The next time you find yourself on a Metro-North train going past Valhalla Station, be sure to take a look out your window, facing eastward. You’ll be able to catch a quick glimpse of the Kensico Dam as the train goes by. The dam holds back the waters of the Kensico Reservoir, the primary source of water for the city of New York. The 98-acre grounds around the dam are a county park called the Kensico Dam Plaza. While the weather was warm last week, I took the opportunity to have lunch at the park, and of course I took lots of pictures. Kensico Dam Plaza is one of the many interesting places to visit in the area within walking distance of Harlem Line stations (In this case, Valhalla). In addition to the dam, the grounds also contains a September 11th Memorial, called The Rising, designed by architect Frederic Schwartz. The memorial lists the names of all one hundred and eleven Westchester County residents that died in the attacks.
The original Kensico Dam was built in 1885 and created a small lake with water from the Bronx River, as a source of water for New York City. As the city expanded, the dam could not fulfill the city’s need for water, and was eventually expanded. This expansion required the land from the village of Kensico, and so the property of the entire town was purchased to make room for the new dam. The former town now rests underwater, covered by the now larger Kensico Reservoir. This larger reservoir receives water from other reservoirs in the Catskill Mountains, through the ninety-two mile Catskill Aqueduct.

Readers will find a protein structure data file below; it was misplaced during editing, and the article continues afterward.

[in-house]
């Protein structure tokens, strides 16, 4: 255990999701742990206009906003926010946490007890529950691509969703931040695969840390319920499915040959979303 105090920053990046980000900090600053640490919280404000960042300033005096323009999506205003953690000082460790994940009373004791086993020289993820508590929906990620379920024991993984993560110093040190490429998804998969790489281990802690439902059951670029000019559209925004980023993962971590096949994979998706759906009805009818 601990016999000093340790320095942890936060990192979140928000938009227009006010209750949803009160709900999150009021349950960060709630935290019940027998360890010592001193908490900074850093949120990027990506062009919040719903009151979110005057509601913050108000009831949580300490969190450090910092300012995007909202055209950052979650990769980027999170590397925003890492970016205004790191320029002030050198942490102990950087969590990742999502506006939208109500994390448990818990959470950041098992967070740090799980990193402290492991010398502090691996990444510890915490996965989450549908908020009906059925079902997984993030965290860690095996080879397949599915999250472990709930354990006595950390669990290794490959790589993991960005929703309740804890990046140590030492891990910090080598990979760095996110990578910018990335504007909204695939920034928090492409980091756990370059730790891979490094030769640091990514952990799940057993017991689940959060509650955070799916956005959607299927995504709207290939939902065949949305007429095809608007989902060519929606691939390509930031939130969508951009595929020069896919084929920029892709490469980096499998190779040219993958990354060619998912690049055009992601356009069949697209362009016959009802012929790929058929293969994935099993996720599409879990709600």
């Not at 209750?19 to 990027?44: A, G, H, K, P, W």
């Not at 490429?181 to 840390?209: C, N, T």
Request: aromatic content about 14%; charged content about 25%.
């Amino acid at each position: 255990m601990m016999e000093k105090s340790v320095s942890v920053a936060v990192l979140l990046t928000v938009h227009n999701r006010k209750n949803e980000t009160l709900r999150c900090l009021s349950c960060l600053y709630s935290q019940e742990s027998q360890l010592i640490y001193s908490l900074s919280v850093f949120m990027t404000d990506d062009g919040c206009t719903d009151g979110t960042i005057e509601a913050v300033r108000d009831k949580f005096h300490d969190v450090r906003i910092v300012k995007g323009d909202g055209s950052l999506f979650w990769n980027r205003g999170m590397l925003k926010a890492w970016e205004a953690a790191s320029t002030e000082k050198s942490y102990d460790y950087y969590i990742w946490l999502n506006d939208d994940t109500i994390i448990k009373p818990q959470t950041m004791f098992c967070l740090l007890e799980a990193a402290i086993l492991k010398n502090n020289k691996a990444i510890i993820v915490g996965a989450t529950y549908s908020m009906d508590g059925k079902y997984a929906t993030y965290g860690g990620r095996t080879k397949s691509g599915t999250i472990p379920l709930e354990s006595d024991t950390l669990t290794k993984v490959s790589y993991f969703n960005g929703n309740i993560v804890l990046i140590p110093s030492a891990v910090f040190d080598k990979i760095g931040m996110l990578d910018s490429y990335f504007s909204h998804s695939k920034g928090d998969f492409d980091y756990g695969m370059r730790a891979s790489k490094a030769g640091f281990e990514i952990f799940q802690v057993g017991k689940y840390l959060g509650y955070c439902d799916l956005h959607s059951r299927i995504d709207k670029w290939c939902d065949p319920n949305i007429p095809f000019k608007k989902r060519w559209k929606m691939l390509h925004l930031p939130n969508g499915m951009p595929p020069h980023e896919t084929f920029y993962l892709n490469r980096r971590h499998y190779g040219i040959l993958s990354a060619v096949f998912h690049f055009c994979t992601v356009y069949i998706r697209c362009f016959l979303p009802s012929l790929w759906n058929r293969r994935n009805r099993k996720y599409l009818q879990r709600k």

Construction for the new Kensico Dam began in 1909, and the project employed more than 1500 workers. Workers earned an average of one dollar and twenty-five cents per day. Railroad tracks were built for the purpose of removing earth from the site, as well as moving building materials. The main building material used in the dam is concrete mixed with large stones, called Cyclopean concrete. The dam face is made of large granite stones from a quarry in nearby Cranberry Lake. Kensico Dam measures 300 feet high, and 1830 feet long. There is a road that runs over the top of the dam, though it has been closed since the September 11th attacks. The grounds that form the Dam Plaza and county park total 98 acres, and are used for picnicking, running and walking, bicycling and more. The ice cream man also makes frequent visits during the summer months, and if you’re lucky you’ll get both the Good Humor man, and the Mr. Softee man. And who doesn’t like ice cream?